Paris could be the next city to attract more overseas property investment, it is suggested


Much has been said about London’s prime property market attracting foreign buyers but now Paris is being discussed as being just as interesting for overseas investors.

Overseas investors are regarding Paris as having highly competitive real estate prices due to the weaker Euro, according to the latest report from property agents VINGT Paris.

For example, using current exchange rates a UK investor could save up to 40% on the average Paris property, as the pound’s strength would see a €700,000 home cost £510,000.

According to figures from the report, Paris is second only to London as Europe’s most attractive destination for Foreign Direct Investment (FDI), with 66.7% of Paris property currently owned by overseas investors.

The firm believes that this is likely to increase further as UK property prices continue to rise and investment returns fall, coupled with a weakening Euro, which is currently at a seven year low against the pound and 12 year low against the dollar.

The report suggests that Paris has always had an unmistakable allure, with its rich history, neoclassical architecture and Haussmannian style apartments retaining a global appeal.

Susie Hollands, chief executive officer of VINGT Paris, believes that it is a good time to invest in property in the city. ‘Its culture, cuisine, reputation for intellectualism and abundance of beautiful homes make Paris a world class city, plus it has excellent international schools, a solid infrastructure and excellent transport network,’ she said.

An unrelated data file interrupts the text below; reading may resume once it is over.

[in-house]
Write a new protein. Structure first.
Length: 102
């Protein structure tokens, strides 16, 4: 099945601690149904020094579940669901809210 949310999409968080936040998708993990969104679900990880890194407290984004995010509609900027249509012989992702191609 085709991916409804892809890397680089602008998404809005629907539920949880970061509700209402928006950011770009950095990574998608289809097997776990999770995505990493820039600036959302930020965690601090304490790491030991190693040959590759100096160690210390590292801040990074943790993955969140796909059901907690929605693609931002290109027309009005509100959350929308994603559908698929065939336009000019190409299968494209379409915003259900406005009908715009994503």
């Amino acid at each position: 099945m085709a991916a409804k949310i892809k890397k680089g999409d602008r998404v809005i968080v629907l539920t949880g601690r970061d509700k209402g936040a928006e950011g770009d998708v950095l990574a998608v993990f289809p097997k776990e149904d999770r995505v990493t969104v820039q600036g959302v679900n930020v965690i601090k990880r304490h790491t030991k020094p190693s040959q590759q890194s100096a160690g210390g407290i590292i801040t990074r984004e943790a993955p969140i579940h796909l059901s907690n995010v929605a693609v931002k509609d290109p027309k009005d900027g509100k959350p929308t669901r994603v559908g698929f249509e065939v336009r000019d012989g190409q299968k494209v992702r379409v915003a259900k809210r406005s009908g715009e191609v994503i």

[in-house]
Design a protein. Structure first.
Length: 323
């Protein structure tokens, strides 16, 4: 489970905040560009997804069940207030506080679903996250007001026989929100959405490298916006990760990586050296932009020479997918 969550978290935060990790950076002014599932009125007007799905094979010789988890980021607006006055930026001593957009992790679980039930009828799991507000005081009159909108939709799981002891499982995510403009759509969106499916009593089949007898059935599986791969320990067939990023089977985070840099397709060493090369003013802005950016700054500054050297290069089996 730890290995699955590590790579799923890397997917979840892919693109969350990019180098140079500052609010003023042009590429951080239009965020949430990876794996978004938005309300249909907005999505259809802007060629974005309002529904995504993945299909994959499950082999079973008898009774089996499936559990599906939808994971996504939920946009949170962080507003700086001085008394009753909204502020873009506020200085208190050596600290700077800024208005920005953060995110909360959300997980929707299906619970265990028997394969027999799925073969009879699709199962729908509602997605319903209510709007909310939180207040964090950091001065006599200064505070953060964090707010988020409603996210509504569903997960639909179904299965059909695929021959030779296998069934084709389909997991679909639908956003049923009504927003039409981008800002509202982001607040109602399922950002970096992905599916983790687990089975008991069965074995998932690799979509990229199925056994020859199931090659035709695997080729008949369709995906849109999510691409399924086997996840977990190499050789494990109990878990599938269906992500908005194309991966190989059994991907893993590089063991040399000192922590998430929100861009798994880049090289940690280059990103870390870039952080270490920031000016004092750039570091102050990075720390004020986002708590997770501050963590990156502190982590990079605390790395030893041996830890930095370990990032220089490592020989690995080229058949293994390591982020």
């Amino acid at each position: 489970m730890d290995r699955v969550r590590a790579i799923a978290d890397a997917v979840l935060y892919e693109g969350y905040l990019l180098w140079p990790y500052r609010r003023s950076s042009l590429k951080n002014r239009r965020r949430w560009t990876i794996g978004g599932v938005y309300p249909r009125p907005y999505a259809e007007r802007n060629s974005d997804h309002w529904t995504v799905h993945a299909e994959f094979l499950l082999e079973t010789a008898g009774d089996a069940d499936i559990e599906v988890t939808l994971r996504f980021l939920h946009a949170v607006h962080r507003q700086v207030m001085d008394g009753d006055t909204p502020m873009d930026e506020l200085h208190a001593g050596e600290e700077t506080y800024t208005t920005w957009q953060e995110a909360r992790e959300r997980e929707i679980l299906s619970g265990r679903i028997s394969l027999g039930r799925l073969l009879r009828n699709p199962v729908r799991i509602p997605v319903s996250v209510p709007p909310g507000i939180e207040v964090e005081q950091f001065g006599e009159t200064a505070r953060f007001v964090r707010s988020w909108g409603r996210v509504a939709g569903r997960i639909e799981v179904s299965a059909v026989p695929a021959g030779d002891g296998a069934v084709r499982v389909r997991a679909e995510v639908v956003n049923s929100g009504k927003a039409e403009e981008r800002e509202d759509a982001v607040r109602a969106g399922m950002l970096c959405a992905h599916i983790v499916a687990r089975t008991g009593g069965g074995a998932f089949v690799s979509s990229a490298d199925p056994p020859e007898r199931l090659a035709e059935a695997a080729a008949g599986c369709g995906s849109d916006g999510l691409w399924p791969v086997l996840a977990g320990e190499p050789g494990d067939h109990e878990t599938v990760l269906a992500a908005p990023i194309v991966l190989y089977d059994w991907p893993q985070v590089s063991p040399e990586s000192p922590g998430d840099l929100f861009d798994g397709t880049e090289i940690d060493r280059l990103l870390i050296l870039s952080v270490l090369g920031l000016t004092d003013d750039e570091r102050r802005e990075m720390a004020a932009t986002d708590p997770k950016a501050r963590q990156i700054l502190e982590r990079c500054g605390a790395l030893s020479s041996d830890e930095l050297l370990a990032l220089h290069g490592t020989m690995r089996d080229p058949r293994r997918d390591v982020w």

‘The talk in the market over the past two to three years has been dominated by London, however, people forget that France is the world’s fifth largest economy and investors will always be attracted by the Paris property market’s incredible resilience,’ she pointed out.

‘Overseas investors have hedged against inflation by investing their liquid resources in tangible, prime Paris properties, so as London becomes increasingly unaffordable, Paris will be the winner. The potential returns in five to six years’ time will be worth it,’ she added.

Since the global recession, overall property prices in Paris and London have consistently increased but growth in some part of London has been regarded as unsustainable and indeed prices in some locations are static or even falling.

Comparing prices of London and Paris districts of similar stature, between 2007 and 2014, VINGT Paris found that prices in Paris’ 8th arrondissement rose by 21%, while in Knightsbridge they were up by 84% over the same period.

Similarly, South Kensington saw a 67% price increase in the same seven year period, compared to 26% in Paris’ 6th arrondissement. The only area of comparatively similar growth in the period is Notting Hill with growth of 33% and Paris’ 3rd arrondissement at 35%.

Comparing the per square foot prices of the same London and Paris districts, the report found that despite similar price growth, Notting Hill apartments were almost twice as expensive as those in the 3rd arrondissement. Similarly, prices in South Kensington were nearly two and a half times greater than the Left Bank’s 6th arrondissement, which is the French capital’s equivalent.

Rising further up the price comparison scale, 2014 prices in Knightsbridge were £2,050 per square foot, which is more than three times of those in the 8th, Paris’ equally upmarket Parisian arrondissement and the home of the Champs-Élysées.

[ Source :- propertywire ]

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